Elsie Bovary is a cow and a pretty happy one at that. Until one night, Elsie sneaks out of the pasture and finds herself drawn to the farmhouse. Through the window, she sees the farmer’s family gathered around a bright Box God – and what the Box God reveals about something called an ‘industrial meat farm’ shakes Elsie’s understanding of her world to its core.
The only solution? To escape to a better, safer world. And so a motley crew is formed: Elsie; Shalom, a grumpy pig who’s recently converted to Judaism; and Tom, a suave turkey who can’t fly, but can work an iPhone with his beak. Toting stolen passports and slapdash human disguises, they head for the airport …
I’d seen this book doing the rounds on Twitter and I have to say I was drawn to it by the badges that were being sent out with the books (I wanted the badges!). This book was way out of my comfort zone but I requested one and have to say I thoroughly enjoyed it – any book that can make me laugh out loud in the first few pages is going to be a winner.
Now, before you read this you’ll obviously need to leave reality and disbelief at the cover or you won’t like it, it doesn’t matter how the animals know how to do stuff, or get places or end up in conflicts, it’s not real, it’s a bit of fun with a moralistic undertone in that we’re all the same and should be treated as such regardless of animal type, race or religion.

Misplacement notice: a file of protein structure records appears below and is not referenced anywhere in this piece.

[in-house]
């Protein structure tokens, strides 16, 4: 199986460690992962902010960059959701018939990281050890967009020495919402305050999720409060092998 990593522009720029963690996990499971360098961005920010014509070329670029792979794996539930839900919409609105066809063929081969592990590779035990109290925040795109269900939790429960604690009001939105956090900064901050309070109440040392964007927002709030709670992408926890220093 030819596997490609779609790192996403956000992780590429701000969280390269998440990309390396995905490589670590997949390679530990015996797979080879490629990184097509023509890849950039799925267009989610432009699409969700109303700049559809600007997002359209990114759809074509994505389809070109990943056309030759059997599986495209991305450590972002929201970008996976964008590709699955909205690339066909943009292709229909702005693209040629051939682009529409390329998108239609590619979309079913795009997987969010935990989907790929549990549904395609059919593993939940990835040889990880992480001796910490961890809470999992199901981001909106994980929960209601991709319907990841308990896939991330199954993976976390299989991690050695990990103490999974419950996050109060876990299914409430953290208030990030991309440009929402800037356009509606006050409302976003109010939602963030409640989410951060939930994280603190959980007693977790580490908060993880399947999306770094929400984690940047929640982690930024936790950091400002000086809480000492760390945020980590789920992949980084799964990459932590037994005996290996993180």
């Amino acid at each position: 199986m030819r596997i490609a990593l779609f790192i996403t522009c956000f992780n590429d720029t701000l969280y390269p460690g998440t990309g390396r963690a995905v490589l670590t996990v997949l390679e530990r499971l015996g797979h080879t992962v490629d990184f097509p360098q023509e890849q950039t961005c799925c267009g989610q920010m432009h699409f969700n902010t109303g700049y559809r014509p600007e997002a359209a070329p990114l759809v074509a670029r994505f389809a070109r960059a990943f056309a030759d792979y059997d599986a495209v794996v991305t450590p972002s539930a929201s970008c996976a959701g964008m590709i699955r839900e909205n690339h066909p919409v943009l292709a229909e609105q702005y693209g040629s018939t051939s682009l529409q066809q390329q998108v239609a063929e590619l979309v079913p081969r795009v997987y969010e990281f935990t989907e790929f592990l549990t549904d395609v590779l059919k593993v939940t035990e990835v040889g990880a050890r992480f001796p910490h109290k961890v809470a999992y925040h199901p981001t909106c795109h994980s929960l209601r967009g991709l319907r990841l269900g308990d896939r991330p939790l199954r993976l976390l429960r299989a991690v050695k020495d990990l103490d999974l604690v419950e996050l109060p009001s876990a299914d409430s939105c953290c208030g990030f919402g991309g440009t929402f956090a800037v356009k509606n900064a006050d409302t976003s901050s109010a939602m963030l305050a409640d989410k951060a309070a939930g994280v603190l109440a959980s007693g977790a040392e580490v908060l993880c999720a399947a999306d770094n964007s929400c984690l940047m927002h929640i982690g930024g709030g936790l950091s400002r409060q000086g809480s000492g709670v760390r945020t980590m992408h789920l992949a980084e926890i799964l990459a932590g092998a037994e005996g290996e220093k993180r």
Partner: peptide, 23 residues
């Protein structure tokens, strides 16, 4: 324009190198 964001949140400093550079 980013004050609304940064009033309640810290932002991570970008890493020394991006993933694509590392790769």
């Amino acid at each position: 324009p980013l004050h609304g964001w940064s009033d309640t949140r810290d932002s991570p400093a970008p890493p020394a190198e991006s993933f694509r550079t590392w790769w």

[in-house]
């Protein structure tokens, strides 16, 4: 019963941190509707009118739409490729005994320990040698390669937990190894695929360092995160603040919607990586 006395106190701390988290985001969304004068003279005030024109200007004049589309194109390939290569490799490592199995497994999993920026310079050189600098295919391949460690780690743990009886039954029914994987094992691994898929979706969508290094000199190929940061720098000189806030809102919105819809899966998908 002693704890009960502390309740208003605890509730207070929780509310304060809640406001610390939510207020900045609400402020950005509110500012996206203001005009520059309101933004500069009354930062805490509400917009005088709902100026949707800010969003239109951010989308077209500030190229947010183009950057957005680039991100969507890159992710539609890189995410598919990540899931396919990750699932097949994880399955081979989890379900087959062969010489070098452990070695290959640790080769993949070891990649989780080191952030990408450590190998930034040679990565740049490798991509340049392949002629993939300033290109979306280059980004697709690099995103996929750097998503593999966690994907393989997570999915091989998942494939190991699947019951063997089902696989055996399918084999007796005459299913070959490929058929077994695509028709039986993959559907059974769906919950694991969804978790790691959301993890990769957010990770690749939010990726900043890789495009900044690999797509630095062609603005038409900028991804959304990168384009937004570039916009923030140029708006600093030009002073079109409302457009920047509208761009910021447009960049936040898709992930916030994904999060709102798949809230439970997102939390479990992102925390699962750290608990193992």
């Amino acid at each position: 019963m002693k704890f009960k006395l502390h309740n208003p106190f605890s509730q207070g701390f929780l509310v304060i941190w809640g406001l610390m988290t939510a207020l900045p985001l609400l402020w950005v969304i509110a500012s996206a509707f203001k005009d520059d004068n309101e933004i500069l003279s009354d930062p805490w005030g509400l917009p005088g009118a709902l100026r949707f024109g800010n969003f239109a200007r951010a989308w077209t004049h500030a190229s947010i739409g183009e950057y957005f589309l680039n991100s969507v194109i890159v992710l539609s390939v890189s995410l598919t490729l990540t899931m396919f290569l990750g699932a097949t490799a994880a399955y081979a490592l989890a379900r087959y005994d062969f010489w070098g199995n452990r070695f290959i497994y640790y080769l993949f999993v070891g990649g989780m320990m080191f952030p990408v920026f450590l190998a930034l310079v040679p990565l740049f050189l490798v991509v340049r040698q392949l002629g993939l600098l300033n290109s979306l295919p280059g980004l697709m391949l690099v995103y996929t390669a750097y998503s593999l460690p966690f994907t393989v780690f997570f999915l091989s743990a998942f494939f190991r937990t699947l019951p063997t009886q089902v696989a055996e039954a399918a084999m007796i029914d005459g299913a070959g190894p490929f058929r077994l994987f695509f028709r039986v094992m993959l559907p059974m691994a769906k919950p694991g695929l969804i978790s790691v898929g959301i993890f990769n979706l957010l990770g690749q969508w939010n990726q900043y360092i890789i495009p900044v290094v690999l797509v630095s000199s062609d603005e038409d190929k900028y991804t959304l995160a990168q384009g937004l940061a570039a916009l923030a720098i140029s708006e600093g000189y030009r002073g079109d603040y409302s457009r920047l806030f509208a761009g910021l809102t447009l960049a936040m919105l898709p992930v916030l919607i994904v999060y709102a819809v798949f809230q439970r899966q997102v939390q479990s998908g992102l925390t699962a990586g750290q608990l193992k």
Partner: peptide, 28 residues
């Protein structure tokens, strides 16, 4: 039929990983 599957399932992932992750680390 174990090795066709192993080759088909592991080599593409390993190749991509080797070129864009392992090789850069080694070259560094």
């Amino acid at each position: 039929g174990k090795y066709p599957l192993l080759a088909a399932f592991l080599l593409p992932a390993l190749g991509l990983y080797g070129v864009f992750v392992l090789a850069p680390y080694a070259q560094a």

Elsie’s not your typical cow (if there is such a thing??), she comes across as a teenage girl, which of course is what she is – a calf but she’s curious about the outside world and decides she isn’t happy to settle for the same as the other cows and after seeing something shocking on the tv she decides to leave the farm and herein starts her adventures. Think Babe, think Chicken Run and that’s what we have here.
The book’s full of witty funny one liners and some fun illustrations, a lot of which comes across as a satirical look at how people run their lives these days; ie the constant use of a smart phone, unable to have conversations, addicted to tv – you know that kind of stuff.
As for target audience, it’s good for younger teens as long as parents are aware there’s some not so appropriate language but probably nothing they’ve not heard before. It’s good fun, I think adults and teens alike will enjoy. If you think you might enjoy it or know someone that will then read it, if it’s not your cup of tea then don’t. I enjoyed it, it was a complete break from the norm that I read in 2 sittings.
The last third of the book does go all a bit moralistic but after all it’s a modern-day dairy tale!
Thanks to the publishers Headline for the ARC requested via Bookbridgr.
Connect with the author David Duchovny